Lighting designer Durham Marenghi is using 250 Robe ColorWash 1200 ATs in Torino’s Stadio Olympico for the opening and closing ceremonies of the 2006 Winter Olympics and the opening of the Paralympics.
One hundred and thirty of the fixtures are rigged in a technical trough running all around the perimeter of the 200m x 60m performance/parade area on the floor of the stadium, sitting at approximately 1.5m off the ground.
The same trough arrangement continues around a large “tongue” platform protruding from the front of the stage that’s used as the main performance area. These fixtures are used to throw wide-angle light all around the stadium up into the audience and onto a five-ringed (trussing) performance structure at the opposite end of the stage. The five-ring trussing rose up from the ground and was designed to represent the Olympic rings. Acrobats, aerial artists, and dancers performed on the trussing throughout the two-and-half-hour opening extravaganza.
A further 80 Robe fixtures are rigged in the stage roof–overhead across four trusses–used for lighting performers and for general stage effects. Another 20 ColorWash 1200s are placed on a truss over the top of the five-ring structure, downlighting its performers.
Legendary Italian tenor Luciano Pavarotti was onstage for the opening ceremony, which also included a eulogy for peace by Yoko Ono. The high-energy show incorporated the Athletes’ Parade in a colorful, spectacular blaze of lighting, plus pyrotechnic effects designed by the renowned Christophe Berthonneau and Groupe F. A live audience of 35,000 people watched at the stadium and an estimated worldwide TV audience of 2.5 billion tuned in.
Marenghi and the event’s scenic/production designer Mark Fisher were initially approached to create a high-impact visual scheme for the opening and closing Torino shows at the end of 2002 by Filmmaster who then formed production company K2006 to coordinate all the event’s technical and production aspects.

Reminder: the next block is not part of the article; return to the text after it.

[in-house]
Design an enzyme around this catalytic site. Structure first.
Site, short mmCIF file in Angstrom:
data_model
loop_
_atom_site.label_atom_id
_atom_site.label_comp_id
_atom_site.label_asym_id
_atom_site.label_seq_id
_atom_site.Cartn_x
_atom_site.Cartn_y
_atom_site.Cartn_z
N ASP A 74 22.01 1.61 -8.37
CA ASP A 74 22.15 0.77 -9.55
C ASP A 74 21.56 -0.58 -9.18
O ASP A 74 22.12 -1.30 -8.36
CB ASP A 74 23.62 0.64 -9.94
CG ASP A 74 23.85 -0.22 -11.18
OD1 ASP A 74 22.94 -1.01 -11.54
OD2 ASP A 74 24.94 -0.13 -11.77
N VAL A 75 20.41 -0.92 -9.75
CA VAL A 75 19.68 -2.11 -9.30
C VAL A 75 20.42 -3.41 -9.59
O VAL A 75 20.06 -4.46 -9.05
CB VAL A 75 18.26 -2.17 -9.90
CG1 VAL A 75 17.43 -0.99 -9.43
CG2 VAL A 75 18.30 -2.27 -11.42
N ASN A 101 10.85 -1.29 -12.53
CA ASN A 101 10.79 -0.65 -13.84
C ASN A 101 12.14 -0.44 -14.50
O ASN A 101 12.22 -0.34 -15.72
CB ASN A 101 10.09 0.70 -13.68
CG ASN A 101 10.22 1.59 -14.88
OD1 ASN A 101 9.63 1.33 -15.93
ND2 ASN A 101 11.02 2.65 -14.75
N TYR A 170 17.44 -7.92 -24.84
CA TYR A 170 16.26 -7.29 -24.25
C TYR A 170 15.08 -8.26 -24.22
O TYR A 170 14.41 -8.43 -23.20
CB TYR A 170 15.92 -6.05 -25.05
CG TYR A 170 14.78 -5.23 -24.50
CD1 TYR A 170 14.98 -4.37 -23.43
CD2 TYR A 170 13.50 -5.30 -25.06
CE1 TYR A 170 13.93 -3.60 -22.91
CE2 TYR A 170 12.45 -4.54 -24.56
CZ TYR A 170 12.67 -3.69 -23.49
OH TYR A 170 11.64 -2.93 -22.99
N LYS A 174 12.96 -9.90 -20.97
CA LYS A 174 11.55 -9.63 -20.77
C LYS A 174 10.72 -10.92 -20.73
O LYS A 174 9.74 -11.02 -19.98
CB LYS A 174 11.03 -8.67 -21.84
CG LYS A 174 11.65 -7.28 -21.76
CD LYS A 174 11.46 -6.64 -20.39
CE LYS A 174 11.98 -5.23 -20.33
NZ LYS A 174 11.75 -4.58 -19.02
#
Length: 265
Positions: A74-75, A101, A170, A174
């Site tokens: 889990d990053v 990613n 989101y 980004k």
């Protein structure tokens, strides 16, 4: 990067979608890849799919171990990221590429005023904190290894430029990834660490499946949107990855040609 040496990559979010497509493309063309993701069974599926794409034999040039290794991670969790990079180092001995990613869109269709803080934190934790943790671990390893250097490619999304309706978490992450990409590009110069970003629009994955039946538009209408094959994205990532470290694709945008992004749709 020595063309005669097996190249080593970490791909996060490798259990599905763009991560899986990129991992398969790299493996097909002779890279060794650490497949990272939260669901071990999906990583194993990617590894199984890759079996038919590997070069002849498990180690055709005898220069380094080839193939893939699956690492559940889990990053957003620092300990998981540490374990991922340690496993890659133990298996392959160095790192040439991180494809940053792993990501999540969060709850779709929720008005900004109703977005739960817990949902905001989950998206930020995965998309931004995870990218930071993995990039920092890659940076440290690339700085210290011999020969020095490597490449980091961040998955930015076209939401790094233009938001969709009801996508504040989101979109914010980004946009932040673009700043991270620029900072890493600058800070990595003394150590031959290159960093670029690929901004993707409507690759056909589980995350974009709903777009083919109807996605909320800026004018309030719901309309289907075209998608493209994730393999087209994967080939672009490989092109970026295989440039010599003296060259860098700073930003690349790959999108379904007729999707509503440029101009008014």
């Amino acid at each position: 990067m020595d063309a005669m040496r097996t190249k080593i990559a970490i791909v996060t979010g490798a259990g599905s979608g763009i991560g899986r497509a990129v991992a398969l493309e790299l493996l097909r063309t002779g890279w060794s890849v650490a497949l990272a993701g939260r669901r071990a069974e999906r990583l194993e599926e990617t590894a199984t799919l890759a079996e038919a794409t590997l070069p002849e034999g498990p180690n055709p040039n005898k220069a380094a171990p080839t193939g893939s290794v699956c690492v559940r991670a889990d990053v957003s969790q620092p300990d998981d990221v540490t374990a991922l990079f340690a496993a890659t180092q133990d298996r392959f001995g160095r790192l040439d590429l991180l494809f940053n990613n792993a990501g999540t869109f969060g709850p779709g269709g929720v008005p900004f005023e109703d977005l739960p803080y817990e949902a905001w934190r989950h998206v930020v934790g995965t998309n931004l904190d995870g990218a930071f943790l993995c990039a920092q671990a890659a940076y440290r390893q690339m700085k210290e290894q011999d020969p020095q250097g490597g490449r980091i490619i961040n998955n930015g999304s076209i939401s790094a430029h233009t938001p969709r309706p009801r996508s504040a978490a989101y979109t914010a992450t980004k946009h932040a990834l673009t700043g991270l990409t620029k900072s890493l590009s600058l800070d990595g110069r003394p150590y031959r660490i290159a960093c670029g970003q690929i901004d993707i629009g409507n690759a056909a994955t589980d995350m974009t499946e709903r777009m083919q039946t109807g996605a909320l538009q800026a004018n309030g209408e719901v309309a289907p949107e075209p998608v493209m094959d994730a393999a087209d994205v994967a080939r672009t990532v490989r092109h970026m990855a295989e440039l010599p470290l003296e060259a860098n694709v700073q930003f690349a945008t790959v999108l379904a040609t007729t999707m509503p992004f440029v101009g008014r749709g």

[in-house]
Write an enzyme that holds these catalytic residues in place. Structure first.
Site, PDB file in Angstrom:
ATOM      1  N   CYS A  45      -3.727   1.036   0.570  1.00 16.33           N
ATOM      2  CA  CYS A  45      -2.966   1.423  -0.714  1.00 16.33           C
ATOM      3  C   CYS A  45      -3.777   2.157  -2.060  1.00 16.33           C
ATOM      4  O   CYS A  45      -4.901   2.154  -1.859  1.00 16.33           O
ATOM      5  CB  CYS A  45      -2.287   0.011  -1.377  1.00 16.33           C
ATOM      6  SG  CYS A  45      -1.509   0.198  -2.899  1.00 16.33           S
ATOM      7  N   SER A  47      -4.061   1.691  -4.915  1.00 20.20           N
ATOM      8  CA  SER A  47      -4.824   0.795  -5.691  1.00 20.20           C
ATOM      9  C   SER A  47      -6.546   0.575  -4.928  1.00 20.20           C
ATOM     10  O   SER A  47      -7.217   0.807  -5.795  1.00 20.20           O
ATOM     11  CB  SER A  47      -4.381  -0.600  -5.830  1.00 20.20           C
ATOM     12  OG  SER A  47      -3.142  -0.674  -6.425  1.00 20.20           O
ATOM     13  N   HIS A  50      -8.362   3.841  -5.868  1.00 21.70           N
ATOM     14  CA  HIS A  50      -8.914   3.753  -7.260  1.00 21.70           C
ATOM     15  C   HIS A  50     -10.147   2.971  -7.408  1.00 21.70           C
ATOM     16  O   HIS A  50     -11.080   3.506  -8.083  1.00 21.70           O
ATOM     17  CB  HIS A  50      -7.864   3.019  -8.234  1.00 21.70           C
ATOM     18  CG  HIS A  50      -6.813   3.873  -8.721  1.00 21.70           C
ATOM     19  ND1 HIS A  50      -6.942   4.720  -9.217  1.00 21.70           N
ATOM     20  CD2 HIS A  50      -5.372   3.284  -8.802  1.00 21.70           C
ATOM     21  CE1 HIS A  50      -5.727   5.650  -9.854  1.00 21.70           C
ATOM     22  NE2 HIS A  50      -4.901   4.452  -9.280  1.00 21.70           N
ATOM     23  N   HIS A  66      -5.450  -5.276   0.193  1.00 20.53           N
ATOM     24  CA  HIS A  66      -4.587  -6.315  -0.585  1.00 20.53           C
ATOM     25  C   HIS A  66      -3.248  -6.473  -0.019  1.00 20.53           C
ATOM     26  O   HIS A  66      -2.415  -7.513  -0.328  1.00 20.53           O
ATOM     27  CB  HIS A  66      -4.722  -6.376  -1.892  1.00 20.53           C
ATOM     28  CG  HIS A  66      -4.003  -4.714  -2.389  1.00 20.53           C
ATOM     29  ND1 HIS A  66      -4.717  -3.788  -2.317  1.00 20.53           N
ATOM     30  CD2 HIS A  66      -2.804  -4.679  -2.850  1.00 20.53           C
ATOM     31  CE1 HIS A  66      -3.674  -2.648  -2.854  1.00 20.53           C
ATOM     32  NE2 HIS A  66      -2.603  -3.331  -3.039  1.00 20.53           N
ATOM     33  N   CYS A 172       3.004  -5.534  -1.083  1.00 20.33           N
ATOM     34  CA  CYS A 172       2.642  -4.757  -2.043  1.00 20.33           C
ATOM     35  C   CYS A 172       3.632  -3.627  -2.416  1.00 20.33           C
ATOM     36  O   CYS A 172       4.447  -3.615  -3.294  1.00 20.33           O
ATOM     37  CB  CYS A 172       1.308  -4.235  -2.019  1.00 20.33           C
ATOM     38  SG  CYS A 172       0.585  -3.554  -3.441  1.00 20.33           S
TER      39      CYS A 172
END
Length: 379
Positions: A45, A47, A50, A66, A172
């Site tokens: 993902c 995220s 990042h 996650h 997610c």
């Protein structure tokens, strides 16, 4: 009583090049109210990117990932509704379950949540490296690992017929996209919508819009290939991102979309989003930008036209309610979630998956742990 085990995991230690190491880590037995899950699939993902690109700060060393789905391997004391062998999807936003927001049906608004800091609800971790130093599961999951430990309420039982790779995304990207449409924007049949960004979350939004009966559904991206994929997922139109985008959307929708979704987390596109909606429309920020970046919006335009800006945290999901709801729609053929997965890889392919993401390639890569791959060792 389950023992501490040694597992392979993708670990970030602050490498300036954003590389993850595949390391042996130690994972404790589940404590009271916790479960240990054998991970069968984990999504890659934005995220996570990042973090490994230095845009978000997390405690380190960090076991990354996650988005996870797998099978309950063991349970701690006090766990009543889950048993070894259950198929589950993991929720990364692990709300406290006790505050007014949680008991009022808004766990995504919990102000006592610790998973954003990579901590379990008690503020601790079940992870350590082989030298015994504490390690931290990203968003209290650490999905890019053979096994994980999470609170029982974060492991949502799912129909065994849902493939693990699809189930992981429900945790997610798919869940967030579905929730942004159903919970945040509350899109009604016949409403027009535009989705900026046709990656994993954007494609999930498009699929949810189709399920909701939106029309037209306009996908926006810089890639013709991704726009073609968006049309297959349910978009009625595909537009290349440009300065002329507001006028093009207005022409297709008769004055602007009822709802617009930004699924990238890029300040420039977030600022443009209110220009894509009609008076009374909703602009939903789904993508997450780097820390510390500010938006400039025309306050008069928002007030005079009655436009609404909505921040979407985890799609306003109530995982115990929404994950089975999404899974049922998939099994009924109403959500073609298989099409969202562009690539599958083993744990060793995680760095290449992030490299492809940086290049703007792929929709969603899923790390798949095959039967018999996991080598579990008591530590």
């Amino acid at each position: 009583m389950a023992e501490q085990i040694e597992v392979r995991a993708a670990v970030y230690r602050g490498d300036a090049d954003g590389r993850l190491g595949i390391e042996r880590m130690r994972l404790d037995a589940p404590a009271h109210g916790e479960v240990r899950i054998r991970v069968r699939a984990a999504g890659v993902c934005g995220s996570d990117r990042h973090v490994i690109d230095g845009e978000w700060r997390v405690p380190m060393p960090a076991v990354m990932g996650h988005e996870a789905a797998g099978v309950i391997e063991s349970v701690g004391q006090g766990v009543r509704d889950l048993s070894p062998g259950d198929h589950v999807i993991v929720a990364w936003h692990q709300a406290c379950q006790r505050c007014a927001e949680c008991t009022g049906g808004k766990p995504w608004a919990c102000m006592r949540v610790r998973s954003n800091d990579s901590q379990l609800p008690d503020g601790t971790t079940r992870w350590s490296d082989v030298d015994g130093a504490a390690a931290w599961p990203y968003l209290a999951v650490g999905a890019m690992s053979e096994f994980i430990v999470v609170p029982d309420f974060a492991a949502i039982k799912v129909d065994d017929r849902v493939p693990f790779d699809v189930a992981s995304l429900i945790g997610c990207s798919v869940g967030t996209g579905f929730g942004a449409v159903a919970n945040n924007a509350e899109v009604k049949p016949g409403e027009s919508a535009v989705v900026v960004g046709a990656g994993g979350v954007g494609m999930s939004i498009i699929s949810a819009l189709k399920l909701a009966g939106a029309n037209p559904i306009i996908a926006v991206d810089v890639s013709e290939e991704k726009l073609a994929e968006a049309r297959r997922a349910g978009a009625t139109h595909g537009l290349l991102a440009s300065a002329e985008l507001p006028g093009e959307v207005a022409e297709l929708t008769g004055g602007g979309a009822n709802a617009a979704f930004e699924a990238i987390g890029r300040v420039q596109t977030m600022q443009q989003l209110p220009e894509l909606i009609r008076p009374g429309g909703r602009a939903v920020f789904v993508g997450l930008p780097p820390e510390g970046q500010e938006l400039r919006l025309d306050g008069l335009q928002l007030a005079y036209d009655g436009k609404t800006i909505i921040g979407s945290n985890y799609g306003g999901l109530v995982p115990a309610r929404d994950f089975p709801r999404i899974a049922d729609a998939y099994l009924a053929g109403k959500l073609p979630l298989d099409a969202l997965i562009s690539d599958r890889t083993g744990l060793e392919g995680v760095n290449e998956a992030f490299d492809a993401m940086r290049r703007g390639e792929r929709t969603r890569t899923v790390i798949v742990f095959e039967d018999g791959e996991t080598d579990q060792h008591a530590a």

Marenghi’s final specification included Robe ColorWashes for several reasons. He wanted a powerful wide-angle light-source. He particularly wanted lighting near the performers on the Olympic rings that would cut through potential environmental hazards like fog, and he also needed plenty of concentrated, flexible light for the stage action and to light the seating stands.
Additionally, the fixtures in the exposed trough needed to be robust enough– even though encased in plastic domes–to survive sub-zero temperatures, snow (up to 80cm a night) and rain. They also had to contend with the trough collecting all types of extraneous materials during the shows, when the lights were showered with dirt, confetti, and the minute quartz crystals scattered onstage for improved grip, and pyro fall-out zone debris.
With average temperatures just below freezing, dropping to minus10 at times, Marenghi reports that the Robe’s are “Really excellent” all round – they are fulfilling all needs in terms of getting lighting to where it’s wanted and have not flinched at all in the extreme temperatures.
L’Aquilla-based lighting company Agora supplied the majority of the Robe fixtures; Agora was a main lighting contractor for the opening/closing events. Robe Italia coordinated the sourcing of additional fixtures.
Marenghi’s team of programmers includes Ross Williams, Pryderi Baskerville, Emiliano Morgia and Mark Payne, with his company Lumitect also employing lighting managers Eneas Mackintosh, Nick Jones, and David Bartlett, PA Jennie Marenghi and HDTV consultant Chris Bretnall. The shows are operated via four Wholehog® 3 consoles from High End Systems.